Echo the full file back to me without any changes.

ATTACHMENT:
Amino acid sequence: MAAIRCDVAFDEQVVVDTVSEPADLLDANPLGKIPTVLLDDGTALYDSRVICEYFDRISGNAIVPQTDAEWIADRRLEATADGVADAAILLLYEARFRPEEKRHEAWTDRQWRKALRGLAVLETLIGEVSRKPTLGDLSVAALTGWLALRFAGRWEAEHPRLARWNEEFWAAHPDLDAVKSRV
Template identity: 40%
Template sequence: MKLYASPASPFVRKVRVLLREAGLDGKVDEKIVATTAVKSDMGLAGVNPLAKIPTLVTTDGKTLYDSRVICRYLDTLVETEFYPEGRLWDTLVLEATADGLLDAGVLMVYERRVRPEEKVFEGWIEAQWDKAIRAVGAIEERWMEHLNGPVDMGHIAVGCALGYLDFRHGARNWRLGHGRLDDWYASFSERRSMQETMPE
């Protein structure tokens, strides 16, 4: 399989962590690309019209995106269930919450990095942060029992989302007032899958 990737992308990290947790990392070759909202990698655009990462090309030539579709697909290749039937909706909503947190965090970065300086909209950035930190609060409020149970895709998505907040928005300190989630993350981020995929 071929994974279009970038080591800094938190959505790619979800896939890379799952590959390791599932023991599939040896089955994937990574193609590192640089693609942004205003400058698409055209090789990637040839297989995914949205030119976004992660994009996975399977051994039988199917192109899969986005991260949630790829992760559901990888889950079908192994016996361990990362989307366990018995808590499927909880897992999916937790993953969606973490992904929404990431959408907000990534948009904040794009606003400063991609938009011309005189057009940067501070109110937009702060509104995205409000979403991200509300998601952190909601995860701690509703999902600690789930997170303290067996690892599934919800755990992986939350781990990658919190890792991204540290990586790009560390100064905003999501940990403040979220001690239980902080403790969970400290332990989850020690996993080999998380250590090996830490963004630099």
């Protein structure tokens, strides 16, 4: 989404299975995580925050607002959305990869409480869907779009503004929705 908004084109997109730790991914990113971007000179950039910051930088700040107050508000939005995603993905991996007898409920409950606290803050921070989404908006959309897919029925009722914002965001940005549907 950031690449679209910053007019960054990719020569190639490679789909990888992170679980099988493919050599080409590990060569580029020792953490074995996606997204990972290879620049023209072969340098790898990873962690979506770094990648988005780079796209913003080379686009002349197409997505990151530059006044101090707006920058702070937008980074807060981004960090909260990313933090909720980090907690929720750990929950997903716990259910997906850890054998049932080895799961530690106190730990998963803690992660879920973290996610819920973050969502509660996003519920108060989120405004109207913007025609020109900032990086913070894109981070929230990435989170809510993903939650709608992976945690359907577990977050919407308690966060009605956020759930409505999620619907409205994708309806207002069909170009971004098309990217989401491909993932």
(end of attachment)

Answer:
Amino acid sequence: MAAIRCDVAFDEQVVVDTVSEPADLLDANPLGKIPTVLLDDGTALYDSRVICEYFDRISGNAIVPQTDAEWIADRRLEATADGVADAAILLLYEARFRPEEKRHEAWTDRQWRKALRGLAVLETLIGEVSRKPTLGDLSVAALTGWLALRFAGRWEAEHPRLARWNEEFWAAHPDLDAVKSRV
Template identity: 40%
Template sequence: MKLYASPASPFVRKVRVLLREAGLDGKVDEKIVATTAVKSDMGLAGVNPLAKIPTLVTTDGKTLYDSRVICRYLDTLVETEFYPEGRLWDTLVLEATADGLLDAGVLMVYERRVRPEEKVFEGWIEAQWDKAIRAVGAIEERWMEHLNGPVDMGHIAVGCALGYLDFRHGARNWRLGHGRLDDWYASFSERRSMQETMPE
């Protein structure tokens, strides 16, 4: 399989962590690309019209995106269930919450990095942060029992989302007032899958 990737992308990290947790990392070759909202990698655009990462090309030539579709697909290749039937909706909503947190965090970065300086909209950035930190609060409020149970895709998505907040928005300190989630993350981020995929 071929994974279009970038080591800094938190959505790619979800896939890379799952590959390791599932023991599939040896089955994937990574193609590192640089693609942004205003400058698409055209090789990637040839297989995914949205030119976004992660994009996975399977051994039988199917192109899969986005991260949630790829992760559901990888889950079908192994016996361990990362989307366990018995808590499927909880897992999916937790993953969606973490992904929404990431959408907000990534948009904040794009606003400063991609938009011309005189057009940067501070109110937009702060509104995205409000979403991200509300998601952190909601995860701690509703999902600690789930997170303290067996690892599934919800755990992986939350781990990658919190890792991204540290990586790009560390100064905003999501940990403040979220001690239980902080403790969970400290332990989850020690996993080999998380250590090996830490963004630099």
């Protein structure tokens, strides 16, 4: 989404299975995580925050607002959305990869409480869907779009503004929705 908004084109997109730790991914990113971007000179950039910051930088700040107050508000939005995603993905991996007898409920409950606290803050921070989404908006959309897919029925009722914002965001940005549907 950031690449679209910053007019960054990719020569190639490679789909990888992170679980099988493919050599080409590990060569580029020792953490074995996606997204990972290879620049023209072969340098790898990873962690979506770094990648988005780079796209913003080379686009002349197409997505990151530059006044101090707006920058702070937008980074807060981004960090909260990313933090909720980090907690929720750990929950997903716990259910997906850890054998049932080895799961530690106190730990998963803690992660879920973290996610819920973050969502509660996003519920108060989120405004109207913007025609020109900032990086913070894109981070929230990435989170809510993903939650709608992976945690359907577990977050919407308690966060009605956020759930409505999620619907409205994708309806207002069909170009971004098309990217989401491909993932």